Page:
ET v JP & Ors, Court of Appeal - Chancery Division, March 28, 2018, [2018] EWHC 685 (Ch),[2018] WLR(D) 193

Resolution Date:March 28, 2018
Issuing Organization:Chancery Division
Actores:ET v JP & Ors

Neutral Citation Number: [2018] EWHC 685 (Ch)





Royal Courts of Justice, Rolls Building

Fetter Lane, London, EC4A 1NL

Date: 28/03/2018



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William Massey QC (instructed by Birketts LLP) for the Claimant

Georgia Bedworth (instructed by Birketts LLP) for the Minor Beneficiaries

James Rivett (instructed by Birketts LLP) for the Trustees

Hearing dates: 8 March 2018

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  1. This judgment deals with one point which arose in the course of an application for the court's approval to a variation of a trust pursuant to the Variation of Trusts Act 1958 (``the 1958 Act''). The particular point arose in relation to section 1(3) of the 1958 Act which provides, in summary, that in the case of certain persons suffering from mental incapacity, the question as to whether the proposed variation is for the benefit of such a person is to be determined by the Court of Protection rather than by the High Court. On the facts of the present case there was an issue as to whether a minor who was a beneficiary under the trust was a person within section 1(3) of the 1958 so that the question whether the proposed variation was for his benefit should be referred to the Court of Protection.

  2. At the hearing, I pointed out that as I was a nominated judge of the Court of Protection, I would not need to adjourn the hearing to allow an issue to be referred to the Court of Protection but I could simply sit as a judge of the Court of Protection and determine the issue in that capacity. I also suggested that as I could sit both as a judge of the High Court and as a judge of Court of Protection I might not need to make a formal determination as to whether I was deciding the question of benefit for a relevant person in one capacity or the other. In response to that suggestion, it was pointed out that some applications for the court's approval under the 1958 Act are dealt with by Chancery Masters or by Deputy High Court Judges who are not nominated judges of the Court of Protection and in such a case the Master or Deputy Judge could not adopt an approach similar to the one I suggested but would need to know how to apply section 1(3) of the 1958 Act. I was told that there was no authority on the meaning of that subsection and it would be potentially helpful to have the court's ruling as to its meaning and effect.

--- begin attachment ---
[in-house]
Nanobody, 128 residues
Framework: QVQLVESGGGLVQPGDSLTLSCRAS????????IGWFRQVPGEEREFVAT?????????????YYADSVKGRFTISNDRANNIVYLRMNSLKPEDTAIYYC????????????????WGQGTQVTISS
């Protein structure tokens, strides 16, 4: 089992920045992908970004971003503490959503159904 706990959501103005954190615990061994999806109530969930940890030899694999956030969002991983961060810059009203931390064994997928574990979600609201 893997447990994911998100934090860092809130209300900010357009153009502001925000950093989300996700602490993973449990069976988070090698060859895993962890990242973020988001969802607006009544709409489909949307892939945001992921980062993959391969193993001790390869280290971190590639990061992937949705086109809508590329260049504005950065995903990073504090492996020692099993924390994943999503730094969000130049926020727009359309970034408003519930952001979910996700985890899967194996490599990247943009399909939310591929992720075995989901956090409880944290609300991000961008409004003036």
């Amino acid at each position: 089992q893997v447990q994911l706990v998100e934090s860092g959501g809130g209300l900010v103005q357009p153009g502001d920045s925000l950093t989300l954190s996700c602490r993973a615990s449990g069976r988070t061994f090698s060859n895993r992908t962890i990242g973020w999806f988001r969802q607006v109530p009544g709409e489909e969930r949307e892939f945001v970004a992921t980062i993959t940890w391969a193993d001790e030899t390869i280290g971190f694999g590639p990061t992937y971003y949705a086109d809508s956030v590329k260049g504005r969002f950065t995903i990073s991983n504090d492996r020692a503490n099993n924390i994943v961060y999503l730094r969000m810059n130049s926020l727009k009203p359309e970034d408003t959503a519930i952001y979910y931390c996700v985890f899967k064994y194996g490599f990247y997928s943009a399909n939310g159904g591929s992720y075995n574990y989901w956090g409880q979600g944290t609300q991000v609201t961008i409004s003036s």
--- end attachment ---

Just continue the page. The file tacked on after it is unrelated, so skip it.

3. In those circumstances, I heard argument as to the meaning of section 1(3) and I gave my ruling to the effect that I did not need to refer any question to the Court of Protection. I then heard the application for the court's approval of the variation of the relevant trust. I decided that the proposed variation was for the benefit for all persons on whose behalf the approval of the court was required and I made an order approving the proposed variation. I indicated that I would subsequently give written reasons for my ruling as to the meaning and effect of section 1(3) and this judgment contains those reasons.

    The facts

  4. I need recite very little of the facts of this case for the purpose of this judgment. The adult beneficiaries under the relevant trust had consented to the proposed variation of the trust. The variation could affect the position of three beneficiaries who were minors and also the position of unborn and unascertained beneficiaries and the court's approval was sought on behalf of the minor beneficiaries and the unborn and unascertained beneficiaries. One of the minor beneficiaries, to whom I will refer as ``X'', was aged ten and was severely autistic. I am satisfied that it is appropriate to give this judgment in an anonymised form so as not to name X or to give other information as to the parties which might lead to the identification of X.

    The 1958 Act

  5. Section 1 of the 1958 Act, as amended, provides:

    ``1.-- Jurisdiction of courts to vary trusts.

    (1) Where property, whether real or personal, is held on trusts arising, whether before or after the passing of this Act, under any will, settlement or other disposition, the court may if it thinks fit by order approve on behalf of--

    (a) any person having, directly or indirectly, an interest, whether vested or contingent, under the...

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